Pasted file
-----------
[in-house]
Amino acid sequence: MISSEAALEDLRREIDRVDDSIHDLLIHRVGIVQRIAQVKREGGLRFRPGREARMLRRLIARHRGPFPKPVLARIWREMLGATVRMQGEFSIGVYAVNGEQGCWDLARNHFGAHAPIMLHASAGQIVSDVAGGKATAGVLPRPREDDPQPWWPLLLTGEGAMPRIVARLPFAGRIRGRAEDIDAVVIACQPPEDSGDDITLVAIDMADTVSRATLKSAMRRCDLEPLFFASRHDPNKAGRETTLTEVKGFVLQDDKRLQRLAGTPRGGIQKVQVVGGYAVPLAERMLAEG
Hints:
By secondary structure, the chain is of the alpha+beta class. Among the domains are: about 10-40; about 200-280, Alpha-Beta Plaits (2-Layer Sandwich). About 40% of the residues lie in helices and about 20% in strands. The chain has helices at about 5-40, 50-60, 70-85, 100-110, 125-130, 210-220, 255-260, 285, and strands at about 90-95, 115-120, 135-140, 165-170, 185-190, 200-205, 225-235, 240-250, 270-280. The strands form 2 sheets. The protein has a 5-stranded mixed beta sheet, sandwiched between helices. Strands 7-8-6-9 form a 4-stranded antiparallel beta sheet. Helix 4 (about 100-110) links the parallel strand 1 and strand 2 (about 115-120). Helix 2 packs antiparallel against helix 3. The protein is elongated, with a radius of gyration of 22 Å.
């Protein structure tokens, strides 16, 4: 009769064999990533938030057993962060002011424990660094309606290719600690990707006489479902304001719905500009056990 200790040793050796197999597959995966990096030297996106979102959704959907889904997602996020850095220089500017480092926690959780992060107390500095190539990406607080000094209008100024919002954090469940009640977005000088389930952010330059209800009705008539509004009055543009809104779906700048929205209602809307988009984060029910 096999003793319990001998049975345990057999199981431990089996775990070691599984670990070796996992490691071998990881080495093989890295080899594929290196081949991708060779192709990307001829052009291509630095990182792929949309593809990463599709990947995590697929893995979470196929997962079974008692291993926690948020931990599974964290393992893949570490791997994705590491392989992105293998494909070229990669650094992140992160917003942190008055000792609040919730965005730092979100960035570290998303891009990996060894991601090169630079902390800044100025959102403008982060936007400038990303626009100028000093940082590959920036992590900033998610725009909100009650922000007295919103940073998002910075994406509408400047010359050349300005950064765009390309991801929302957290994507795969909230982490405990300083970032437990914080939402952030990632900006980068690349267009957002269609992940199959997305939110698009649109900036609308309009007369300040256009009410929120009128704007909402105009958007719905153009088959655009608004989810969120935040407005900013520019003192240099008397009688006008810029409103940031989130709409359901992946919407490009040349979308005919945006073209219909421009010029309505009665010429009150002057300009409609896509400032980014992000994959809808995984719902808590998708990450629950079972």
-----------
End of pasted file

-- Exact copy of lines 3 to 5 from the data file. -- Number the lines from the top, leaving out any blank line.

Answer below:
Hints:
By secondary structure, the chain is of the alpha+beta class. Among the domains are: about 10-40; about 200-280, Alpha-Beta Plaits (2-Layer Sandwich). About 40% of the residues lie in helices and about 20% in strands. The chain has helices at about 5-40, 50-60, 70-85, 100-110, 125-130, 210-220, 255-260, 285, and strands at about 90-95, 115-120, 135-140, 165-170, 185-190, 200-205, 225-235, 240-250, 270-280. The strands form 2 sheets. The protein has a 5-stranded mixed beta sheet, sandwiched between helices. Strands 7-8-6-9 form a 4-stranded antiparallel beta sheet. Helix 4 (about 100-110) links the parallel strand 1 and strand 2 (about 115-120). Helix 2 packs antiparallel against helix 3. The protein is elongated, with a radius of gyration of 22 Å.
């Protein structure tokens, strides 16, 4: 009769064999990533938030057993962060002011424990660094309606290719600690990707006489479902304001719905500009056990 200790040793050796197999597959995966990096030297996106979102959704959907889904997602996020850095220089500017480092926690959780992060107390500095190539990406607080000094209008100024919002954090469940009640977005000088389930952010330059209800009705008539509004009055543009809104779906700048929205209602809307988009984060029910 096999003793319990001998049975345990057999199981431990089996775990070691599984670990070796996992490691071998990881080495093989890295080899594929290196081949991708060779192709990307001829052009291509630095990182792929949309593809990463599709990947995590697929893995979470196929997962079974008692291993926690948020931990599974964290393992893949570490791997994705590491392989992105293998494909070229990669650094992140992160917003942190008055000792609040919730965005730092979100960035570290998303891009990996060894991601090169630079902390800044100025959102403008982060936007400038990303626009100028000093940082590959920036992590900033998610725009909100009650922000007295919103940073998002910075994406509408400047010359050349300005950064765009390309991801929302957290994507795969909230982490405990300083970032437990914080939402952030990632900006980068690349267009957002269609992940199959997305939110698009649109900036609308309009007369300040256009009410929120009128704007909402105009958007719905153009088959655009608004989810969120935040407005900013520019003192240099008397009688006008810029409103940031989130709409359901992946919407490009040349979308005919945006073209219909421009010029309505009665010429009150002057300009409609896509400032980014992000994959809808995984719902808590998708990450629950079972």